Robert Bales’ sentencing: Defense introduces jury to ‘Bobby’

Staff Sgt. Robert Bales appears before Col. Jeffery Nance, the judge, in this courtroom sketch from Joint Base Lewis-McChord, Wash.
(Peter Millett / Associated Press)
<i>This post has been corrected, as indicated below.</i>

JOINT BASE LEWIS-McCHORD, Wash. -- A stream of prosecution witnesses spoke Wednesday of families torn apart, of children left with physical and emotional scars and of lasting damage to the military’s relationship with Afghan civilians because of the rampage U.S. Army Staff Sgt. Robert Bales pleaded guilty to perpetrating.

But as the sentencing hearing continued, defense attorney John Henry Browne wanted to simply introduce the jury to “Bobby.”

Bales’ brother and a longtime family friend talked about “Good Time Bobby,” the fun-loving guy from a blue-collar family in Norwood, Ohio. The captain of the football team and a class president in high school. The kind teenage neighbor who tended to the profoundly disabled boy next door. The dad who made chocolate-chip pancakes for his sons.


Jurors in the case will decide whether Bales should be sentenced to spend the rest of his life in prison or should be eligible for parole. After court adjourned for the day, Browne told reporters that he sought the jury’s compassion in weighing that choice.

Bales pleaded guilty in June to killing 16 Afghan civilians and injuring many others in a March 2012 rampage through two villages.

“I don’t think a rational mind could say Bob Bales’ mind didn’t snap,” Browne said.

He said the defense’s case would be centered on that argument: A man, strong in character and with good intentions, mentally broken by four tours at war. “You live in hell,” he said of soldiers’ experience in Afghanistan. “Can you imagine picking up body parts and putting them in bags?”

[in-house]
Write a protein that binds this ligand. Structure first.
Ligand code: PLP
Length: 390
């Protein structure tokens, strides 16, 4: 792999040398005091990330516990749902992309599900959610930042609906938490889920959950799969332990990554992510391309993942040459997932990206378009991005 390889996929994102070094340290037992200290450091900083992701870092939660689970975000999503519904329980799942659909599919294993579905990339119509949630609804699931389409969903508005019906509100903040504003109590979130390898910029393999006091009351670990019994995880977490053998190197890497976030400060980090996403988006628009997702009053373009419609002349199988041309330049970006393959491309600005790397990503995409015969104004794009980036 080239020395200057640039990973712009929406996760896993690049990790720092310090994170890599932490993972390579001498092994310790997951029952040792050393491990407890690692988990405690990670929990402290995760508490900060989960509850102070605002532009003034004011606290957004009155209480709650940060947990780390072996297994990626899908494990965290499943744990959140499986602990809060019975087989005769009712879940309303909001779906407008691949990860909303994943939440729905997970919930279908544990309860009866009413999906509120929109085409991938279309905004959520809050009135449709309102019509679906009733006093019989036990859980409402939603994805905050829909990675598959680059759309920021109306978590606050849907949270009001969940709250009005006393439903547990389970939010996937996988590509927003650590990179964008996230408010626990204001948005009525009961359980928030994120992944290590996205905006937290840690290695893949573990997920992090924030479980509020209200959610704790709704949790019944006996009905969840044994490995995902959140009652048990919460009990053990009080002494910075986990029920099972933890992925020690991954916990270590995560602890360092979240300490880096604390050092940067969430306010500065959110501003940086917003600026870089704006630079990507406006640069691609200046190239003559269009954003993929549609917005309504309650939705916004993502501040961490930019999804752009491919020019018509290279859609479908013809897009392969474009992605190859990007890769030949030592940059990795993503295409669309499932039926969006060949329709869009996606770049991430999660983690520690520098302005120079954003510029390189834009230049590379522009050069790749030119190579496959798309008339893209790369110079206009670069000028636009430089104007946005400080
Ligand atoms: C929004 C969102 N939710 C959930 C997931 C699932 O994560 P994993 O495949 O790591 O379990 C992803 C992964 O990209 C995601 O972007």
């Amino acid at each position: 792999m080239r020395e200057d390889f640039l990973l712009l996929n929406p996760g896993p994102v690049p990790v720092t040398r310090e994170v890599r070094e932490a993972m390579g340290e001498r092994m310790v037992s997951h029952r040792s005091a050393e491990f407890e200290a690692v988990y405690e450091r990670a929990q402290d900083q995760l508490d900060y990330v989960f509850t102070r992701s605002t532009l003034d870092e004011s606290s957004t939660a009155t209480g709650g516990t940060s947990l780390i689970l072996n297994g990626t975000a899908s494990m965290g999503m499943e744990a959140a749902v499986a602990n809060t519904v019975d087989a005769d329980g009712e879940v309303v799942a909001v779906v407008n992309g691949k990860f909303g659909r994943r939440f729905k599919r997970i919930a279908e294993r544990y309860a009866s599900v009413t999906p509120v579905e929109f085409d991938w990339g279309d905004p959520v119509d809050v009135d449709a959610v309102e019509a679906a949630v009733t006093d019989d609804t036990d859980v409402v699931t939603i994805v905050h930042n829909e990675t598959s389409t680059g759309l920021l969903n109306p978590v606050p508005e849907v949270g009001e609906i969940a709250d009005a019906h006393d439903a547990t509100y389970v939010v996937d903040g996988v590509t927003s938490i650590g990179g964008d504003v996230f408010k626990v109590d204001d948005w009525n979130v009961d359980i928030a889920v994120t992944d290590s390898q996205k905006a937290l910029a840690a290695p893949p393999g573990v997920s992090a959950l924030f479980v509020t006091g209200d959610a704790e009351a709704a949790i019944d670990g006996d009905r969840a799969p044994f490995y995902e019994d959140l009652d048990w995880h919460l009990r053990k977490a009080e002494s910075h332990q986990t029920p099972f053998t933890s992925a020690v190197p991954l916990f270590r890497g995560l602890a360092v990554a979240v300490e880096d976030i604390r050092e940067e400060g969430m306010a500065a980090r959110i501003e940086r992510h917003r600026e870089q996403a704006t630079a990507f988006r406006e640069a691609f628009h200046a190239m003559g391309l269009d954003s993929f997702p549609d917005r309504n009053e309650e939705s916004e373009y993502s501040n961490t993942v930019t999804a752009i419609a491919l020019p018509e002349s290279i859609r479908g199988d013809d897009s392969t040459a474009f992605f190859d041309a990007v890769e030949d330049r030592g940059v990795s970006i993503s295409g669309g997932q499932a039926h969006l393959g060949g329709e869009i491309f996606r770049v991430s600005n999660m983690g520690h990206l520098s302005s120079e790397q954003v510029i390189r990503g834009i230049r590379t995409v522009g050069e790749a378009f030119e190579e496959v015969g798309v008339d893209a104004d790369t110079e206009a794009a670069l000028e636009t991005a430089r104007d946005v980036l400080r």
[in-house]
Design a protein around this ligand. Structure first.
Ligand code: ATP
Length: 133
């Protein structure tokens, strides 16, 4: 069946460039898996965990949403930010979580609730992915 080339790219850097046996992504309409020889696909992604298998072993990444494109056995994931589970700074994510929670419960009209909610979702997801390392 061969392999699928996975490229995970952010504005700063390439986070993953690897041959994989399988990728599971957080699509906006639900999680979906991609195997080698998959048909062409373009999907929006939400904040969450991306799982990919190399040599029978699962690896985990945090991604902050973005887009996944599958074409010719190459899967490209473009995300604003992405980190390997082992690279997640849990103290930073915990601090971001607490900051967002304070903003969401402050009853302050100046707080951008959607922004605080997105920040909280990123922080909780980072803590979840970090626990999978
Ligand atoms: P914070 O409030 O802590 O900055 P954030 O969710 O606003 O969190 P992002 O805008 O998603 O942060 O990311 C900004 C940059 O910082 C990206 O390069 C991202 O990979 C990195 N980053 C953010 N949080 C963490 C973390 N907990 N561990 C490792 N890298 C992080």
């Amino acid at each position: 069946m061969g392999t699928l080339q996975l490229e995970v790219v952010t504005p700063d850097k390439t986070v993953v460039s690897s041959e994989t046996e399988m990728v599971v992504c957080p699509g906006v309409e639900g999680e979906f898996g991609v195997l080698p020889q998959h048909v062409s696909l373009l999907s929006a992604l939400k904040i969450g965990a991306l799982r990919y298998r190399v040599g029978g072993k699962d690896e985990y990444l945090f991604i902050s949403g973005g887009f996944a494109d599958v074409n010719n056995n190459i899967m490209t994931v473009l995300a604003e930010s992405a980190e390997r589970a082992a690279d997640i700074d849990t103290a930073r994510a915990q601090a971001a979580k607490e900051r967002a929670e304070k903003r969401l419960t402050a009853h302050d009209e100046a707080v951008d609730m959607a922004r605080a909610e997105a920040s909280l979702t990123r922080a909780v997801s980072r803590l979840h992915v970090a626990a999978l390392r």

Browne, noting that a military court allowed an accused person to offer testimony in the sentencing phase without being cross-examined, said Bales would testify.

But it was clear on Wednesday that the defense wanted to humanize the man who had been portrayed by prosecutors as the culprit behind an atrocity.

Bales’ oldest brother, William, talked about a childhood in small-town Ohio, how their father had struggles with alcohol but worked hard to care for the family, and how their mother was a “saint.”


“Bobby was a good high school football player, even though his size wasn’t as big as some of the other boys,” William Bales, 55, said. “He could run; he could hit. He lacked the speed that could have taken him all the way, but he was a team guy.”

Bales’ childhood next-door neighbor, Bob Durham, cried as he recalled the care Bales showed for his disabled son, Wade, who is close to Bales in age. Durham said his son had severe brain damage brought on by a virus when he was a newborn.

“He can’t walk by himself; he can’t talk; he can’t fix his food. He can’t go to the bathroom by himself,” said Durham, who raised Wade as a single father. “I needed somebody to help me. I needed to know that he was safe. Bobby was extremely good at that.”

Earlier Wednesday, the prosecution focused on the lingering effects of the predawn attacks, not just for the people who saw their family members slaughtered and burned but also for their country.

Among the Afghans who testified, two of them felt stifled by the question-and-answer procedure. They wanted to speak freely. “There are things in my heart that I’d like to say,” said Haji Wasir, who lost several family members in the attack.

Also testifying was Col. Todd Wood, a brigade commander in Afghanistan, who said that immediately after the attack, he went to Bales’ base, where armed demonstrators had gathered. Family members of those killed showed Wood the bodies, charred and mutilated, that had been wrapped and loaded into the back of trucks.


For about two weeks, Wood said, coalition forces avoided the villages where the attacks took place. As a result, opposition forces came in and installed multiple improvised explosive devices, he said.

Wood said the victims and their families were paid, in total, about $980,000 in “condolence payments,” at which point the military moved in to search for evidence at the crime scenes and to remove the explosives.

“They have very long memories,” Wood said of the Afghan civilians, with whom the military has long worked to forge relationships. “They don’t forget an incident as significant as this, and they never will. It will take several generations before we win some of that trust back.”

[For the record, 5:43 p.m. Aug. 21: An earlier version of this post referred to the prosecution’s “closing arguments.” Actually, the prosecution finished its case in the sentencing phase.]


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